More recently, the managing director of Center Stage in Baltimore told the Baltimore Sun, “Art has power. It has the power to sustain, to heal, to humanize … to change something in you. It’s a frightening power, and also a beautiful power….And it’s essential to a civilized society.”

It is precisely because art has power, because it deals with basic human truths, that it must be kept separate from government. Government, as I noted earlier, involves the organization of coercion. In a free society coercion should be reserved only for such essential functions of government as protecting rights and punishing criminals. People should not be forced to contribute money to artistic endeavors that they may not approve, nor should artists be forced to trim their sails to meet government standards.

Government funding of anything involves government control. That insight, of course, is part of our folk wisdom: “He who pays the piper calls the tune.” “Who takes the king’s shilling sings the king’s song.”

Defenders of arts funding seem blithely unaware of this danger when they praise the role of the national endowments as an imprimatur or seal of approval on artists and arts groups. Jane Alexander says, “The Federal role is small but very vital. We are a stimulus for leveraging state, local and private money. We are a linchpin for the puzzle of arts funding, a remarkably efficient way of stimulating private money.” Drama critic Robert Brustein asks, “How could the NEA be ‘privatized’ and still retain its purpose as a funding agency functioning as a stamp of approval for deserving art?”

In 1981, as conservative factions battled for control of the National Endowment for the Humanities, Richard Goldstein of the Village Voice explained the consequences this way: The NEH has a ripple effect on university hiring and tenure, and on the kinds of research undertaken by scholars seeking support. Its chairman shapes the bounds of that support. In a broad sense, he sets standards that affect the tenor of textbooks and the content of curricula….Though no chairman of the NEH can single-handedly direct the course of American education, he can nurture the nascent trends and take advantage of informal opportunities to signal department heads and deans. He can “persuade” with the cudgel of federal funding out of sight but hardly out of mind.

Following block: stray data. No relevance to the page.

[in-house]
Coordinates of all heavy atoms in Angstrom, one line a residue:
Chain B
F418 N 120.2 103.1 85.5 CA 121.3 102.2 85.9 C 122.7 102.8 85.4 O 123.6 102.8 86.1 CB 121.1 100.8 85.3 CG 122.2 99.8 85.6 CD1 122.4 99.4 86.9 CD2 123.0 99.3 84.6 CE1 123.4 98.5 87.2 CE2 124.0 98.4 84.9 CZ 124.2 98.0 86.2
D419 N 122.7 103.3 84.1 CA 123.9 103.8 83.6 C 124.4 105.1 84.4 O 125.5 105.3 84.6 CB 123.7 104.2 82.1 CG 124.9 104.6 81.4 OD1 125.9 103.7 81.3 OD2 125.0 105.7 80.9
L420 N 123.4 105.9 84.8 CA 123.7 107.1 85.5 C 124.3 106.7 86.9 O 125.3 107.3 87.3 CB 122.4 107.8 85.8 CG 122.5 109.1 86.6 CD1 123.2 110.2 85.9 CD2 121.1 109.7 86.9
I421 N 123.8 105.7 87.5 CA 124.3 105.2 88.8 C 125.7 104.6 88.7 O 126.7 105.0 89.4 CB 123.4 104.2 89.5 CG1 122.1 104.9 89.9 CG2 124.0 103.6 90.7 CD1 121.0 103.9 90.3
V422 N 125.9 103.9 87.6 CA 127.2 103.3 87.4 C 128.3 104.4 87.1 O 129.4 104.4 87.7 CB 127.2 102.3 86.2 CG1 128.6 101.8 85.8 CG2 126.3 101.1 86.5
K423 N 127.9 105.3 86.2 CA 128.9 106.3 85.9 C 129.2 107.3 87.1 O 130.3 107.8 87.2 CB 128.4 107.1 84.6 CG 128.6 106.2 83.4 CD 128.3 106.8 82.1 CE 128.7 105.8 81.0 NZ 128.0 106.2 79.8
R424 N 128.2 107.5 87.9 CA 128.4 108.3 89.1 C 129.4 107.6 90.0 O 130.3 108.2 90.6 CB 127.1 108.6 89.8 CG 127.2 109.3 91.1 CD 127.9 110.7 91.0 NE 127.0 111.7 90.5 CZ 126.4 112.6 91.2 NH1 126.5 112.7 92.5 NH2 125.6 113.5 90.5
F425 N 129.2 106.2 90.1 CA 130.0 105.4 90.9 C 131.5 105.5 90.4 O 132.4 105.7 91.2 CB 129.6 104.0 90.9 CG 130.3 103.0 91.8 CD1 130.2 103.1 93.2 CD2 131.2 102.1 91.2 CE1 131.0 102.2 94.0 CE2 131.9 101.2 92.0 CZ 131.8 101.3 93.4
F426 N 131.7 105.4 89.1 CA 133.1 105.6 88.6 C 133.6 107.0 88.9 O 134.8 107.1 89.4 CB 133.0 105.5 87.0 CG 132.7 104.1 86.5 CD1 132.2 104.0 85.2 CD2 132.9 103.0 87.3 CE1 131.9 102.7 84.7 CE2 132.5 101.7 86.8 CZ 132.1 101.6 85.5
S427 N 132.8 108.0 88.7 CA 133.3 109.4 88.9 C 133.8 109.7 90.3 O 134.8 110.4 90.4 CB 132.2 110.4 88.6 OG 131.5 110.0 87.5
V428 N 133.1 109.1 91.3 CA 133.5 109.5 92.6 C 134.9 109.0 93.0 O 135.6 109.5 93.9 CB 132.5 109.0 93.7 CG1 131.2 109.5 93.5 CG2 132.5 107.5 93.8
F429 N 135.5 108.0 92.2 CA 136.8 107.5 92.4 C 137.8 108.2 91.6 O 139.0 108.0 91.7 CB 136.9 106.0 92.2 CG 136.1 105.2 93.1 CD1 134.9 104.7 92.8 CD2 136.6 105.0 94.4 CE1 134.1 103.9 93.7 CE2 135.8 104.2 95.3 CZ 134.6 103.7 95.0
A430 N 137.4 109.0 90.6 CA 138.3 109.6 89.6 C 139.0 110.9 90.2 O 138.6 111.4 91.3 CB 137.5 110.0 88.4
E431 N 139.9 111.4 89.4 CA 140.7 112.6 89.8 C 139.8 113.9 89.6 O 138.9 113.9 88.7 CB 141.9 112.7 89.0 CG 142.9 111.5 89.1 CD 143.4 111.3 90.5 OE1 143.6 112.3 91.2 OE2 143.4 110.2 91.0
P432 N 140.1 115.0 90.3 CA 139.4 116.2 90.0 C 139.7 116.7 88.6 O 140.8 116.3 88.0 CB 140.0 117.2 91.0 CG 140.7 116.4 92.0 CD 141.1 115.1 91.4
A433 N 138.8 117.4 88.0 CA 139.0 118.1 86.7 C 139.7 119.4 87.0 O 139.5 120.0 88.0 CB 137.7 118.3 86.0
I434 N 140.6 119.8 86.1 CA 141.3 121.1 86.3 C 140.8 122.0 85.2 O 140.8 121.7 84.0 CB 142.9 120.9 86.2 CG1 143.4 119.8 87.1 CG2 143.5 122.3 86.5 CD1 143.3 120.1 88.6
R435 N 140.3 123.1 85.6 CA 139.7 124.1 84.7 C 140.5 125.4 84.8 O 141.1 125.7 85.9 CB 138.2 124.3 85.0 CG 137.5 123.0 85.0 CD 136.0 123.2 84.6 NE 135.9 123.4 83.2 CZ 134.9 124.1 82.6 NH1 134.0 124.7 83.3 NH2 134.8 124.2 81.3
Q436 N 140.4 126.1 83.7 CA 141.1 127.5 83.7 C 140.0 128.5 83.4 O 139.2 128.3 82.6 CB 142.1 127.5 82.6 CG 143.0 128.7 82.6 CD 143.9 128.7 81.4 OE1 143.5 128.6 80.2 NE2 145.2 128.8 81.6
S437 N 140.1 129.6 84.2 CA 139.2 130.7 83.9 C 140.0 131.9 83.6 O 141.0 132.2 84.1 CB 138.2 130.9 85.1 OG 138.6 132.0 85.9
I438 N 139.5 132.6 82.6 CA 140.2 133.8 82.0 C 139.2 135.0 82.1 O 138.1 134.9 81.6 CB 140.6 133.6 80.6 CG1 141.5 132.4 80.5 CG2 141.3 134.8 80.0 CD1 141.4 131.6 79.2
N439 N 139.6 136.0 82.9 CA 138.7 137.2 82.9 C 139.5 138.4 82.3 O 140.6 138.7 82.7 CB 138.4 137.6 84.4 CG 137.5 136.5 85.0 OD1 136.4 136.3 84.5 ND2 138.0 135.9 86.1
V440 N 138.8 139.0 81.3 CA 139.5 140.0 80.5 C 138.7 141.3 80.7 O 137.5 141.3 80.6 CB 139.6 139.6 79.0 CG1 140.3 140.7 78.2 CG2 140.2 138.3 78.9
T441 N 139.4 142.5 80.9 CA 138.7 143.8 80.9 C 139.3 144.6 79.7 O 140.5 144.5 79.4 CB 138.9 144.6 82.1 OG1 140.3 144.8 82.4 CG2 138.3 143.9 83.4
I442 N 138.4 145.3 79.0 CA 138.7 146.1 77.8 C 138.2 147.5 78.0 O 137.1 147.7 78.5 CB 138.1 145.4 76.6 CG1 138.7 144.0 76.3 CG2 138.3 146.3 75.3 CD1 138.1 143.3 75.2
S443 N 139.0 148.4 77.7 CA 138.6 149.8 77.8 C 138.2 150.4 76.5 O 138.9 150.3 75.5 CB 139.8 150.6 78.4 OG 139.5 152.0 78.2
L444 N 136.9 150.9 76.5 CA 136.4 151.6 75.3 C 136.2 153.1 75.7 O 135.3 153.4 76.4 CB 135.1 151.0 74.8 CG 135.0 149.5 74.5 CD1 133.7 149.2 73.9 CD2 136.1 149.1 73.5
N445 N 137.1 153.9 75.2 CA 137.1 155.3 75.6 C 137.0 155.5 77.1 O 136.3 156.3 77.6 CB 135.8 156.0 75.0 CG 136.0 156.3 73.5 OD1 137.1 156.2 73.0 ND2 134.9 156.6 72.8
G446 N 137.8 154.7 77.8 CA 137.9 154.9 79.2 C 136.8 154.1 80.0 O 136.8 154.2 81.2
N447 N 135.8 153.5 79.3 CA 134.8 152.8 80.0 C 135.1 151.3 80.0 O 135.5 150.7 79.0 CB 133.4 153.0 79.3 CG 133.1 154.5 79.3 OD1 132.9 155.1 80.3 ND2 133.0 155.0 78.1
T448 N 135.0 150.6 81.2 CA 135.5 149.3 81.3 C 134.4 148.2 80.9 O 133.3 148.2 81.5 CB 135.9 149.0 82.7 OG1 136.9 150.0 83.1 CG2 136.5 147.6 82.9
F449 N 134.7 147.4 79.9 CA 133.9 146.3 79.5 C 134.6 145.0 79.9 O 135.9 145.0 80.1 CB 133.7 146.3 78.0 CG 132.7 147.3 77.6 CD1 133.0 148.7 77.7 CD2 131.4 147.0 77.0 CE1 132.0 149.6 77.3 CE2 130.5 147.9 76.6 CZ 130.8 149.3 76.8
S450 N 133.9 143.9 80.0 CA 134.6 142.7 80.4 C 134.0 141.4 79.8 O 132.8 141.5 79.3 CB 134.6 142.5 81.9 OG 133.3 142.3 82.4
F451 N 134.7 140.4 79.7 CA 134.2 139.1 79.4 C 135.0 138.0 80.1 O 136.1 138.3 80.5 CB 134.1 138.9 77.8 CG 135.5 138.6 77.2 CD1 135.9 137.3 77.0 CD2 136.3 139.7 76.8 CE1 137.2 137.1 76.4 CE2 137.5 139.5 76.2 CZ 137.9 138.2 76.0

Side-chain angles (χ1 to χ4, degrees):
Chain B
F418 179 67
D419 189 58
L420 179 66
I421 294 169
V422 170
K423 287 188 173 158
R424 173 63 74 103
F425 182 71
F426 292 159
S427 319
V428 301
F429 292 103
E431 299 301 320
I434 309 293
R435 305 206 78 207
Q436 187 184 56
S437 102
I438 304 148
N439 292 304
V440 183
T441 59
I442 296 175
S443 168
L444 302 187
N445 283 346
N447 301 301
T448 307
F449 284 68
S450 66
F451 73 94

I suggest that that is just the kind of power no government in a free society should have.

It is often said that other governments have long subsidized the arts. True, but as Jonathan Yardley, book critic for the Washington Post, points out, the examples usually cited are of autocratic, even tyrannical governments. Do we really want our government to emulate the Roman Empire, or the Medicis, or Louis XIV?

Now it’s also true that the social democracies of Western Europe subsidize the arts more extensively than we do. But those countries too are different in important ways from the United States. First, as Yardley says, “they are accustomed to state influences (in religion as in the arts) that our ancestors crossed the ocean to escape.” As we should not want an established church, so we should not want established art. Second, the European countries are small and homogeneous comparedwith the United States. Thus they can “reach consensus on certain matters that we, precisely because we cannot agree on them, prefer to keep out of the hands of government.” No

European country was founded on the principles of the Declaration of Independence, nor does any European country have such a limited government.

Let me take just a moment to note that the amount of arts funding in the federal budget is quite small. That might be taken as a defense of the funding, were it not for the important reasons to avoid any government funding of something as intimate yet powerful as artistic expression. I bring up the dollar amount for another reason—to point out how small it is as a percentage of the total arts budget in this country. The National Endowment for the Arts has a budget of $167 million— less than 2 percent of the over $9 billion in private contributions to the arts from corporations, foundations, and individuals in 1993. According to the chair of the American Arts Alliance, the arts are a $37 billion industry. Surely they will survive without whatever portion of the NEA’s budget gets out of the Washington bureaucracy and into the hands of actual artists or arts institutions.